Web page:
The Arabic version of Hospital Anxiety and Depression Sale (HADS) was used to measure anxiety and depression. The psychometric proprieties of this version have been checked in previous studies [38-42]. The Cronbach's alpha was 0.78 for anxiety subscale and 0.87 for depression subscale. Each subscale has seven items that were rated by patients on a 0-3 scale, with 3 indicating higher symptom frequency and severity. Each subscale score ranges from 0-21. Patients were considered normal if the anxiety/depression scores were between 0 and 7; mildly anxious/depressed if the scores were between 8 and 10; moderately anxious/depressed if the scores were between 11 and 14; and severely anxious/depressed if the scores were between 15 and 21 [38-42].
Data were analyzed using SPSS software version 21.0 (SPSS Inc., Chicago, Illinois). Statistical significance was defined as p<0.05. The socio demographics and clinical characteristics of the sample were described using descriptive statistics with frequencies and percentages or mean ± standard deviation (SD).
The first hypothesis of the study was tested by three different logistic regression analyses, each included three blocks. Variables entered in the first and second block in each analysis were the followings: In the first block, age and gender were entered; in the second block, BMI, history of hypertension, history of diabetes, smoking history, hypercholesterolemia, and family history of CHD were entered. The third block is different in the three analyses. In the first analysis, anxiety scores formed the third block, in the second analysis, depression scores were entered as the third block, in the third analysis, depression and anxiety scores together were entered as the third block. To check if anxiety and depression scores were independent predictors of coronary artery stenosis (i.e., the second hypothesis); first a serial bivariate correlation between (anxiety, depression) scores and the percentage of the coronary artery stenosis was done. Then, three different stepwise regression analyses were done in the same method done in the logistic regression.
One thousand three hundred fifty patients were asked to participate in the study among which 1000 agreed to participate. The final analysis included only 157 patients who had AMI event during the follow up period. Sociodemographics and clinical characteristics of the patients are presented in Table 1. Approximately 70% of the patients were males, more than three-quarters of the sample had hypertension, and more than one-third of the patients were diabetic. Patients were mildly anxious and depressed based on a mean ± (SD) for the HADS.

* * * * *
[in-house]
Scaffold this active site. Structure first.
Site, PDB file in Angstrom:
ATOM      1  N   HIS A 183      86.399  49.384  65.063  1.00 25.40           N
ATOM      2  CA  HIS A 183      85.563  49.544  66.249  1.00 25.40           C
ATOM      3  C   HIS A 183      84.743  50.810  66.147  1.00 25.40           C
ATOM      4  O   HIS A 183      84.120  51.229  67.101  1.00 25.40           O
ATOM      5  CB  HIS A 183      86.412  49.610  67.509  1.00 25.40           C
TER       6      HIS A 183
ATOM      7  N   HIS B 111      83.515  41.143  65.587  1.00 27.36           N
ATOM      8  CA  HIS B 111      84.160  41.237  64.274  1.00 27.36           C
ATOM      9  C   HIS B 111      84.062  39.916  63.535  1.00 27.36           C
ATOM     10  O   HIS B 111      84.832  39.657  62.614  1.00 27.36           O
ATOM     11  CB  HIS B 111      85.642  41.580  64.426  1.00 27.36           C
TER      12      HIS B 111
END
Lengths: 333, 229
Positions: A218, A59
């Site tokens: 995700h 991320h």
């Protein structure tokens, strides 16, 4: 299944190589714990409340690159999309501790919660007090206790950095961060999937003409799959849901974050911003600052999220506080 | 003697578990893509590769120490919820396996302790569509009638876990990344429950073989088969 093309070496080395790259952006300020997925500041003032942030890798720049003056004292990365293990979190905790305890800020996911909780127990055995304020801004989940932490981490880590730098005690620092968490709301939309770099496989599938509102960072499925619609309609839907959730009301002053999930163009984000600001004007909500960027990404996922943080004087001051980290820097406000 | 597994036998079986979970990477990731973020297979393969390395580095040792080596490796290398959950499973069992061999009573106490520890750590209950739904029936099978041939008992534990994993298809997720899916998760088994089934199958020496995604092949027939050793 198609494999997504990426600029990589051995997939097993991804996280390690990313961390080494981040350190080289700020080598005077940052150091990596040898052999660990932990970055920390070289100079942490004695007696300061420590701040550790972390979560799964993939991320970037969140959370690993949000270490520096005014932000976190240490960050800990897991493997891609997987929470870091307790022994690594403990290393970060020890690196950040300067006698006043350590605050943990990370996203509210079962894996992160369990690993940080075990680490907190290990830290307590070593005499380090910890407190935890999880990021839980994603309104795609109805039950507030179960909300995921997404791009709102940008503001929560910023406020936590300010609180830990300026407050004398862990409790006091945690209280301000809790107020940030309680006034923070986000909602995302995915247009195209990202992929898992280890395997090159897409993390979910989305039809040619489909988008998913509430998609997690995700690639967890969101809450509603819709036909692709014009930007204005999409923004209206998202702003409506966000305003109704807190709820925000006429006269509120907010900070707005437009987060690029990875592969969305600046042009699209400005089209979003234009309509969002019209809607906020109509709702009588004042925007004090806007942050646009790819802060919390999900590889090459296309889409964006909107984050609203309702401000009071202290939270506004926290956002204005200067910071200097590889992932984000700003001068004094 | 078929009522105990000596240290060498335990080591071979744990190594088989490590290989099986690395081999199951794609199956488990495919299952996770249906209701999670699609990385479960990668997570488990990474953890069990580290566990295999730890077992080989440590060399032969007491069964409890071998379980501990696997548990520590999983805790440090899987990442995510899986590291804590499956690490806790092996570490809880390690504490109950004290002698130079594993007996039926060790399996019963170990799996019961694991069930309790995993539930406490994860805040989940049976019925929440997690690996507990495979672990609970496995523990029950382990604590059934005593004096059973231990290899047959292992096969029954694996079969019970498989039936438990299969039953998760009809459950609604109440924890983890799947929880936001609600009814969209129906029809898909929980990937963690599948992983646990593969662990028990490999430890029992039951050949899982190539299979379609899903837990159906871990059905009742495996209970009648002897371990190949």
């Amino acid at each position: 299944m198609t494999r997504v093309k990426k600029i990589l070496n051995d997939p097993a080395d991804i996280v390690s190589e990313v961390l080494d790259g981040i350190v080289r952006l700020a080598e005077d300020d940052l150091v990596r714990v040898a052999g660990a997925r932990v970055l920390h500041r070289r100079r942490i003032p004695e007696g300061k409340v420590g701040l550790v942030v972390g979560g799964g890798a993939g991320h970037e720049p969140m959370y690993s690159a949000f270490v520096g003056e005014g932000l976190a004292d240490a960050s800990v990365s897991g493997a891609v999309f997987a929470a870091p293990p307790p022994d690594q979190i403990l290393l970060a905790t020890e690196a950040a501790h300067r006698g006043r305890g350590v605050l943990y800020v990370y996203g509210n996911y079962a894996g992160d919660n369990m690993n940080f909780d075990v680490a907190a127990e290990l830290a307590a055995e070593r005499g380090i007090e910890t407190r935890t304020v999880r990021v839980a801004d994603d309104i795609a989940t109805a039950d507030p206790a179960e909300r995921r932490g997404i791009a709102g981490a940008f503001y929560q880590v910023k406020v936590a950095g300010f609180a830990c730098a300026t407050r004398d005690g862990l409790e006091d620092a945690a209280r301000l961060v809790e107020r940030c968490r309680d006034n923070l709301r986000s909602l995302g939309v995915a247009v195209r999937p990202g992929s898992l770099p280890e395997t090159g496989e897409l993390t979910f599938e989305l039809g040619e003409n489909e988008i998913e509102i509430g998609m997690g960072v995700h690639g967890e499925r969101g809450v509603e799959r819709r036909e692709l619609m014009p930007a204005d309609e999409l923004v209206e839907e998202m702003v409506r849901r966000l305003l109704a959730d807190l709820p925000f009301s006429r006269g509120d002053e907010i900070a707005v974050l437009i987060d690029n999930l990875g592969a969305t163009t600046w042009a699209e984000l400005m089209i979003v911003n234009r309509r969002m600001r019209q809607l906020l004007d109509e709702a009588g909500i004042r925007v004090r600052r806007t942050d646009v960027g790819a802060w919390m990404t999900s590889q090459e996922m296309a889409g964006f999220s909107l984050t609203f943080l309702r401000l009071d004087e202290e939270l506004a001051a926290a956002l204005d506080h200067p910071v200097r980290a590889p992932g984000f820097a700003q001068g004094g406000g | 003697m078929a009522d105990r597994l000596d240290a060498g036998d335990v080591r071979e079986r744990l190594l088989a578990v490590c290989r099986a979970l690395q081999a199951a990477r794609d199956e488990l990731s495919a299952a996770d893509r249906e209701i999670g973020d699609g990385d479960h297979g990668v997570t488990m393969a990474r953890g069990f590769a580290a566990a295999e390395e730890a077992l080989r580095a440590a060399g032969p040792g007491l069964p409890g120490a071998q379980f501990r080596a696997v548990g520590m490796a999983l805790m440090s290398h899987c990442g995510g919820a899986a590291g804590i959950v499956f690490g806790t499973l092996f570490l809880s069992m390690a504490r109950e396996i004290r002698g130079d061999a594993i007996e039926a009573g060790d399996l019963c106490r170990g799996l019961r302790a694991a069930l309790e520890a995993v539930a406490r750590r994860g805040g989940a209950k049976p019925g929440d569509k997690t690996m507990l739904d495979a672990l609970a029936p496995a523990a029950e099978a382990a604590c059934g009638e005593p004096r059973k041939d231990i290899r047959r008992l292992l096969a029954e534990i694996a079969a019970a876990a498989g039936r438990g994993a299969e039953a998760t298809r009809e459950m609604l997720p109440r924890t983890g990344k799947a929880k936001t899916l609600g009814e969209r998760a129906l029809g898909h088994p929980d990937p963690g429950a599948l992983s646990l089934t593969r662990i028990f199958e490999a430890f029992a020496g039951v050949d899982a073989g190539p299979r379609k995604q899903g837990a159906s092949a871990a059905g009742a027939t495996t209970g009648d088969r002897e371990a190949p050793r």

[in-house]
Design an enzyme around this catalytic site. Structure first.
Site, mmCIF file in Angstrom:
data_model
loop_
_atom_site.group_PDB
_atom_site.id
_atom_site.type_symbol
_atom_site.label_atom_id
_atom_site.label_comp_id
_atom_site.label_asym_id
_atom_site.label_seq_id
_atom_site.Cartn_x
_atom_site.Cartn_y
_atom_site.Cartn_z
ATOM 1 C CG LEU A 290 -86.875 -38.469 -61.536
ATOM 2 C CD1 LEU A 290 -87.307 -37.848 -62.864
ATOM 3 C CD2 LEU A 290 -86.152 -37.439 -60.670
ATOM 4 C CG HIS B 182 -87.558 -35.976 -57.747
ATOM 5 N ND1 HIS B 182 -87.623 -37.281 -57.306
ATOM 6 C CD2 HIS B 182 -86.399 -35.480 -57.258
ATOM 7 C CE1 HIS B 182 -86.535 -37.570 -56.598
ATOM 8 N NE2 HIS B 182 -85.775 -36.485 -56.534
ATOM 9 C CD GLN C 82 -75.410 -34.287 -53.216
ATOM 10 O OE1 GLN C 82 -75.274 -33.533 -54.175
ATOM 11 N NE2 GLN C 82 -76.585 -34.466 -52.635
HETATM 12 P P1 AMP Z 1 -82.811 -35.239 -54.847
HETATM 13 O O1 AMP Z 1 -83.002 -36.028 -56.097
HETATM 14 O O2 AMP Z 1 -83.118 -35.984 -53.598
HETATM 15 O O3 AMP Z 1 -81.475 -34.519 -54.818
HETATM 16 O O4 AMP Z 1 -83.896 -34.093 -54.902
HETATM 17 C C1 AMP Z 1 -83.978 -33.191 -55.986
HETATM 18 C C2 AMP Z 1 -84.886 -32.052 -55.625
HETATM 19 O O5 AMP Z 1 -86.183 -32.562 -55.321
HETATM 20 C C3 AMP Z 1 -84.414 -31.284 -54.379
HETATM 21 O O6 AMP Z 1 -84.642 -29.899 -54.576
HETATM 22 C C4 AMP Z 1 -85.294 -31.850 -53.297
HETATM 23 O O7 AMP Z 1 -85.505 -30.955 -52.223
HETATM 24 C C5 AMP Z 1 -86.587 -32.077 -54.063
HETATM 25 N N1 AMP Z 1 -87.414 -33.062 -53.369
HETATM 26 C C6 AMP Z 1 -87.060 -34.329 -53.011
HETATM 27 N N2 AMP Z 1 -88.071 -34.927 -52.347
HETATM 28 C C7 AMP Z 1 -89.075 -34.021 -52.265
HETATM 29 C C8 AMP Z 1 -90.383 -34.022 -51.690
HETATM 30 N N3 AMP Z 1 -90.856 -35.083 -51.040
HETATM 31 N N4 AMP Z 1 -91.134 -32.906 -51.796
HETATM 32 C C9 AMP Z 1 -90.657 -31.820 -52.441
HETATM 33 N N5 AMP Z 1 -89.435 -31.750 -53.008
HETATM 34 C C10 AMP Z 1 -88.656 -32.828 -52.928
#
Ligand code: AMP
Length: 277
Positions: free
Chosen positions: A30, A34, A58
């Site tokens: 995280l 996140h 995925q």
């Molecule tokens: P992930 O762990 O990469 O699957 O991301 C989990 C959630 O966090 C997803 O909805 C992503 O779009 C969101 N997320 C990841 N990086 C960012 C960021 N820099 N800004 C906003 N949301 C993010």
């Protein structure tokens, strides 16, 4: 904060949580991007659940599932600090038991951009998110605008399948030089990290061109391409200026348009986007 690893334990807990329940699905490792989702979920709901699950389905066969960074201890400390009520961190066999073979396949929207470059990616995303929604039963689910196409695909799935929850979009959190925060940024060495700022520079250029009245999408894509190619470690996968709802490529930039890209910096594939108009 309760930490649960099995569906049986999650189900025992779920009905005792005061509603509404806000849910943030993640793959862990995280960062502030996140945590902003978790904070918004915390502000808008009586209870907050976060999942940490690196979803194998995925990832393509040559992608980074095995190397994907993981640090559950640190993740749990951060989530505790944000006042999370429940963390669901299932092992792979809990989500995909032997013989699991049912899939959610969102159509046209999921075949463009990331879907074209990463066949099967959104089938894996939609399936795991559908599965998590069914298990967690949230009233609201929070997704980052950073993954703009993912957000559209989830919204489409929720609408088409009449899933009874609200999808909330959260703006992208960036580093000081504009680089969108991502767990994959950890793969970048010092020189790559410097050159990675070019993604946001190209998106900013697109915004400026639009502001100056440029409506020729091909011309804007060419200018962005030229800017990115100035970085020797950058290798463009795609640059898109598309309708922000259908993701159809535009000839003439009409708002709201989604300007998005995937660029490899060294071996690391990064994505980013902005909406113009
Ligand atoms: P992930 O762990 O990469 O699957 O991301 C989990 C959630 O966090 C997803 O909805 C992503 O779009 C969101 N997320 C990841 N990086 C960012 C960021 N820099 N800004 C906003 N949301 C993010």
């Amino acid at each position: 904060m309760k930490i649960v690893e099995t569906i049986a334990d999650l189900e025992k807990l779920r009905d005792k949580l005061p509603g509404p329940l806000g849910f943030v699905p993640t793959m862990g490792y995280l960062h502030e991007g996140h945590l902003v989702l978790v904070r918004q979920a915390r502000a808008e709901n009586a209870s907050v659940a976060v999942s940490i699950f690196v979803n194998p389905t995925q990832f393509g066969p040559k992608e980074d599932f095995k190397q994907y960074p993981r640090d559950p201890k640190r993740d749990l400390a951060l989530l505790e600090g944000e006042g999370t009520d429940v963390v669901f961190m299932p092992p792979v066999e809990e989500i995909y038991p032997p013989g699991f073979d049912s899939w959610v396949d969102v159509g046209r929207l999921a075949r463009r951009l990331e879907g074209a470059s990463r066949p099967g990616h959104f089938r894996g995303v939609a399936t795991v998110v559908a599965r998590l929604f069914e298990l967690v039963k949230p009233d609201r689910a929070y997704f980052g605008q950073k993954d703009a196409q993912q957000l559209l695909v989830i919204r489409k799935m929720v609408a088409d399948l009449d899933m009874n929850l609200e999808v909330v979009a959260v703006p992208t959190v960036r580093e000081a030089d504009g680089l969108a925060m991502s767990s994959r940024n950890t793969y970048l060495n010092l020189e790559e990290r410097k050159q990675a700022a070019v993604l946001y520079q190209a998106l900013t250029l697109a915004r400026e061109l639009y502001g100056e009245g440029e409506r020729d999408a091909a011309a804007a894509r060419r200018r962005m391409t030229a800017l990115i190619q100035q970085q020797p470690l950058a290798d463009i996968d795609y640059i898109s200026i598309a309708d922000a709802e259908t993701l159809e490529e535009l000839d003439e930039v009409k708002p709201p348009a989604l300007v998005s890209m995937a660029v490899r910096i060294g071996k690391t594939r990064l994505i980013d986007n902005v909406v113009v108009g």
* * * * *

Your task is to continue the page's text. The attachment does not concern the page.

|Variables||N (%) or M ± SD|
|Male/female||109 (69.4%)/48 (30.6%)|
|Age||66.6 ± 11.1|
|History of hypertension||124 (79.0%)|
|History of diabetes||55 (35.0%)|
|Family history of CHD||46 (29.3%)|
|History of smoking|
|Never smoked||51 (32.5%)|
|Former smoker||63 (40.1%)|
|Current smoker||43 (27.4%)|
|BMI||27.4 ± 5.0|
|Anxiety levels||9.5 ± 5.8|
|Depression levels||10.9 ± 4.7|
|Percentage of coronary artery stenosis||42.2 ± 9.2|
CHD: Coronary Heart Disease, BMI: Body Mass Index
Table 1: Sociodemographics and clinical characteristics of the patients.
As shown in Table 2, anxiety levels, depression levels, hypercholesterolemia, and male gender were independent predictors of AMI events. Both anxiety and depression have a strong positive significant correlation with the percentage of coronary artery stenosis; r=0.72, p<0.001 and 0.69, p<0.001, respectively. Tables 3 and 4 show the results of the stepwise regression. Male gender was an independent predictor in all models. Anxiety and depression levels also were independent predictors for stenosis. Hypercholesterolemia was an independent predictor in the anxiety model, anxiety and depression model but not in the depression model.
OR: Odd Ratio, CI: Confidence Interval, B: Beta, SE: Standard Error of the mean, P: P value
Table 2: Independent predictors of myocardial infarction anxiety model, depression model, depression and anxiety model respectively.
|Predictor||Standardized β||T||Model statistics|
|Male gender*||0.14||2.1||R2=0.50; F (9,148)=|
|Male gender*||0.13||1.9||R2=0.51; F (9,148)=|
* p<0.05, ** p<0.001
Table 3: Predictors of coronary artery stenosis when anxiety scores alone were entered in the third block, then when depression scores entered alone in the third block respectively.
|Predictor||Standardized β||t||Model statistics|
|Male gender*||0.14||2.1||R2=0.54; F(10,148)=18.3, p<0.001|
* p<0.05, ** p<0.01